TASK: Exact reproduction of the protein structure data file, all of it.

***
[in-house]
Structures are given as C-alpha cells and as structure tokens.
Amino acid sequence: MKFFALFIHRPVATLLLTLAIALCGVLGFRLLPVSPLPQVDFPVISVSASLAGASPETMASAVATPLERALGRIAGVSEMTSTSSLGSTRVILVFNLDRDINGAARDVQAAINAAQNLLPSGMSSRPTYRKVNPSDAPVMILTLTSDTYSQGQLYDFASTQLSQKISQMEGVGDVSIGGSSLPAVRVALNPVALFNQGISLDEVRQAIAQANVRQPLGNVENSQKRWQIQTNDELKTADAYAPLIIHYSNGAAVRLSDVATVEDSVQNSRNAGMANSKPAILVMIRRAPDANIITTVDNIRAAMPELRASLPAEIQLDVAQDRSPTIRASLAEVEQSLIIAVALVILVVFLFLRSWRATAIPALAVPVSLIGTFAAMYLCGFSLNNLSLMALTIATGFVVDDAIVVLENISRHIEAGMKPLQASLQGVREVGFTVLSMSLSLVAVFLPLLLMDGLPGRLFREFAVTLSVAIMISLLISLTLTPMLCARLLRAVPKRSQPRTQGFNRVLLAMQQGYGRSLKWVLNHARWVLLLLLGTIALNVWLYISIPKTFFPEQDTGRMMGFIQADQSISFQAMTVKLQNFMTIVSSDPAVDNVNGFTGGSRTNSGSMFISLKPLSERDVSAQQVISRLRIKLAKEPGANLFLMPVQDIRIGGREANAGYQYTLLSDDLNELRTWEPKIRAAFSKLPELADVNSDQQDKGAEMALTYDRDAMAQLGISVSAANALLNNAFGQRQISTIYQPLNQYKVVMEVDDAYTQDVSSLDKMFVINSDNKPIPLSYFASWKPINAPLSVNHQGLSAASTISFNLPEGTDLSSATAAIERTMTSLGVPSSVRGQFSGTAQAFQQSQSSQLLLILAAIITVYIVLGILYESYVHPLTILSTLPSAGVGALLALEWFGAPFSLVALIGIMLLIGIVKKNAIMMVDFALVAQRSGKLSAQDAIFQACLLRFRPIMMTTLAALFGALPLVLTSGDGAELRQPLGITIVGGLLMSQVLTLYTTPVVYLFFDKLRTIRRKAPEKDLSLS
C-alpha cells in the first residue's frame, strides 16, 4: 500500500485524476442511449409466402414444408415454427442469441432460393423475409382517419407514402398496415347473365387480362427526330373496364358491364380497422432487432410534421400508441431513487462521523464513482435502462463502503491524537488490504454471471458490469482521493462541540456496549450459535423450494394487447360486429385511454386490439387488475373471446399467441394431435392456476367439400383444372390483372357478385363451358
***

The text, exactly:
[in-house]
Structures are given as C-alpha cells and as structure tokens.
Amino acid sequence: MKFFALFIHRPVATLLLTLAIALCGVLGFRLLPVSPLPQVDFPVISVSASLAGASPETMASAVATPLERALGRIAGVSEMTSTSSLGSTRVILVFNLDRDINGAARDVQAAINAAQNLLPSGMSSRPTYRKVNPSDAPVMILTLTSDTYSQGQLYDFASTQLSQKISQMEGVGDVSIGGSSLPAVRVALNPVALFNQGISLDEVRQAIAQANVRQPLGNVENSQKRWQIQTNDELKTADAYAPLIIHYSNGAAVRLSDVATVEDSVQNSRNAGMANSKPAILVMIRRAPDANIITTVDNIRAAMPELRASLPAEIQLDVAQDRSPTIRASLAEVEQSLIIAVALVILVVFLFLRSWRATAIPALAVPVSLIGTFAAMYLCGFSLNNLSLMALTIATGFVVDDAIVVLENISRHIEAGMKPLQASLQGVREVGFTVLSMSLSLVAVFLPLLLMDGLPGRLFREFAVTLSVAIMISLLISLTLTPMLCARLLRAVPKRSQPRTQGFNRVLLAMQQGYGRSLKWVLNHARWVLLLLLGTIALNVWLYISIPKTFFPEQDTGRMMGFIQADQSISFQAMTVKLQNFMTIVSSDPAVDNVNGFTGGSRTNSGSMFISLKPLSERDVSAQQVISRLRIKLAKEPGANLFLMPVQDIRIGGREANAGYQYTLLSDDLNELRTWEPKIRAAFSKLPELADVNSDQQDKGAEMALTYDRDAMAQLGISVSAANALLNNAFGQRQISTIYQPLNQYKVVMEVDDAYTQDVSSLDKMFVINSDNKPIPLSYFASWKPINAPLSVNHQGLSAASTISFNLPEGTDLSSATAAIERTMTSLGVPSSVRGQFSGTAQAFQQSQSSQLLLILAAIITVYIVLGILYESYVHPLTILSTLPSAGVGALLALEWFGAPFSLVALIGIMLLIGIVKKNAIMMVDFALVAQRSGKLSAQDAIFQACLLRFRPIMMTTLAALFGALPLVLTSGDGAELRQPLGITIVGGLLMSQVLTLYTTPVVYLFFDKLRTIRRKAPEKDLSLS
C-alpha cells in the first residue's frame, strides 16, 4: 500500500485524476442511449409466402414444408415454427442469441432460393423475409382517419407514402398496415347473365387480362427526330373496364358491364380497422432487432410534421400508441431513487462521523464513482435502462463502503491524537488490504454471471458490469482521493462541540456496549450459535423450494394487447360486429385511454386490439387488475373471446399467441394431435392456476367439400383444372390483372357478385363451358